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Back from vacation in (more or less) one piece!

Monday, October 31, 2011 by  
Filed under Daily Blog

October
31
2011

Hey everyone, I’m back from my vacation. I can sum up the past ten days in two words: FUN and EXCITING!

Over the past 10 days I went mountain biking almost every day, and I was finally able to travel to some of the more distant trails that I’ve been wanting to ride for quite some time. While I was off I also hit up most of the local trails that I love to ride, but this blog is going to focus on two of the new trails: Chuck Lennon Park in De Leon Springs, Florida, and Santos Mountain Bike Park in Ocala, Florida.

NOTE: I didn’t take my DSLR on any of these trails, so all the photos were taken with my cell phone camera.

Chuck Lennon Park in De Leon Spring, Florida.

Chuck Lennon Park in De Leon Spring, Florida.

The first new trail I took on was Chuck Lennon Park. I’d heard good things about this trail, and was anxious to check it out for myself. The Chuck Lennon trail system currently consists of of about 5.5 miles of single track divided into four distinct trails of various difficulty levels. The first section is called “Hoot Owl”, and it’s a Blue (Intermediate) trail; the second section is called “Red Panther” and it’s a Red (Advanced) trail; the third section is called “Screaming Hawk” and it’s a Yellow (Easy) trail; the fourth section is called “Raccoon Run” and it’s a Blue (Intermediate) trail. I enjoyed “Red Panther” and “Raccoon Run” the most. Check out the trail map below for the layout.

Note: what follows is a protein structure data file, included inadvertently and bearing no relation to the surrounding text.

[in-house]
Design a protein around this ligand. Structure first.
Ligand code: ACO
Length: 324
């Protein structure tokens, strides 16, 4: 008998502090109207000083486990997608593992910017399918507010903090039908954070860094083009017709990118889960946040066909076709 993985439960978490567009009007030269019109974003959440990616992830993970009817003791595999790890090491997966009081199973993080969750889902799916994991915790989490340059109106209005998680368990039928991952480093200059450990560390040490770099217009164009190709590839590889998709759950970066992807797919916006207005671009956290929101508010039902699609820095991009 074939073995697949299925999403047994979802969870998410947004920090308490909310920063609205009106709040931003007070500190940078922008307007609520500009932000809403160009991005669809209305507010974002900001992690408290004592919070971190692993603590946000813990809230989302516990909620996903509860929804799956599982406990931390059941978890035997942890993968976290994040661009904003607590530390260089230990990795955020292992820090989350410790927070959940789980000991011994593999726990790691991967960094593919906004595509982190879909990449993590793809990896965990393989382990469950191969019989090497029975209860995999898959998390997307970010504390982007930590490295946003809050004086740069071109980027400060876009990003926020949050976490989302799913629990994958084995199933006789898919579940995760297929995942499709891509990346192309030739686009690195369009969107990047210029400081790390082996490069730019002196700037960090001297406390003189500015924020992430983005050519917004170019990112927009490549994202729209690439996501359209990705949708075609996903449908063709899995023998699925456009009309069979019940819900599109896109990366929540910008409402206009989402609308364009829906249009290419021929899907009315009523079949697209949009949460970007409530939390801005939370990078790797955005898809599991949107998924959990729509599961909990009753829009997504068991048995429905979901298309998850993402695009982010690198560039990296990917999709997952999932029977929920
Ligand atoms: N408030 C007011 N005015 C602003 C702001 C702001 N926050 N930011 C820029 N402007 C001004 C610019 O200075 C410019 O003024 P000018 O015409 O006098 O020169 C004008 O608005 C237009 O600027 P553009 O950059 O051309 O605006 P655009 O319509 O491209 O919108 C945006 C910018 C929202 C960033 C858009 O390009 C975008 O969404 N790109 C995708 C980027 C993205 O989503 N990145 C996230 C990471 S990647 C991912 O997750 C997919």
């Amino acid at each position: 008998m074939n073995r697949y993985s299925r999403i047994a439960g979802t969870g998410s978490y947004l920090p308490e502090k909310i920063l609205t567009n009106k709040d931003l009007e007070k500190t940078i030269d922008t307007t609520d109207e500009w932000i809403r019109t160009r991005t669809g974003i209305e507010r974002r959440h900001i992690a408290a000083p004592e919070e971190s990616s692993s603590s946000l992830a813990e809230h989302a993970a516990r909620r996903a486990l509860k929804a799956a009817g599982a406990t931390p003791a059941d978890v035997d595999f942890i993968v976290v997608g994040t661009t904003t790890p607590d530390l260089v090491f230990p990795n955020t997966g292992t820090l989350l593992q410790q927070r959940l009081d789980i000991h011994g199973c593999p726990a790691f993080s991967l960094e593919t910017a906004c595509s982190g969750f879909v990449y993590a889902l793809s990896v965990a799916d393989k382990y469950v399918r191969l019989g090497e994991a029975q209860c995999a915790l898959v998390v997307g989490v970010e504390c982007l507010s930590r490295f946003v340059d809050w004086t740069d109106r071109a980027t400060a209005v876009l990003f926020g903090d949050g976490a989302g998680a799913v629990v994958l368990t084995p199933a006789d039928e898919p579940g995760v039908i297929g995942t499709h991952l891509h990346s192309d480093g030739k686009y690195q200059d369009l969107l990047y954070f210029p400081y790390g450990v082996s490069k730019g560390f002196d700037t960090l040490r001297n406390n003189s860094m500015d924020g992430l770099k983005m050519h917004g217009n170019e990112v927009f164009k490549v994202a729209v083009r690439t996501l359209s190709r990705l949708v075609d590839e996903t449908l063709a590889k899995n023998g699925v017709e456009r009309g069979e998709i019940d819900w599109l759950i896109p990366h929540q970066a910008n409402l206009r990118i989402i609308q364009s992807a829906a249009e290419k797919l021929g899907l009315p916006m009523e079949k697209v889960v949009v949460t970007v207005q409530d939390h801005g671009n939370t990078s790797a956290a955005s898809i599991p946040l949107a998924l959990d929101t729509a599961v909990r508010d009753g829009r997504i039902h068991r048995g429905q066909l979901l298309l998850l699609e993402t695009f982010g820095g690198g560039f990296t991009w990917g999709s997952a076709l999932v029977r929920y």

Chuck Lennon Park Trail Map.

Chuck Lennon Park Trail Map.

When I arrived at the Chuck Lennon trailhead I was fortunate enough to run into a rider named John, who also happened to be one of the trail maintainers! We started talking, and he asked me if I wanted to ride with him. I’m really glad that I met John, because he not only showed me the proper way to run the entire trail but he gave me lots of helpful information (example: “There is poison ivy all over the place, so don’t crash.”) and some interesting background on the trail.

As for the trail itself, I was blown away. In fact, of all the trails I rode over the past ten days, I’d have to put Chuck Lennon at the top of the list. This trail system has just the right amount of tech to make things challenging, and it flows like a roller coaster. John and I rode the entire 5.5 miles, and I found even the Red trails well within my abilities. I only fell one time and, somewhat hilariously, this fall was on the Yellow (easy) section of trail. 😮

Until this week I’d never been on a trail like this: loads of fast descents down steep downhills followed by quick accents, fast turns on bermed corners… pretty much just non-stop fast, flowy, super fun, adrenaline-packed action. This trail is only about an hour drive, so I’ll be riding this one a lot.

I have a pretty cool GoPro HD video of my Chuck Lennon ride. You’ll see why “Raccoon Run” was one of my favorite sections, we really got some speed going there!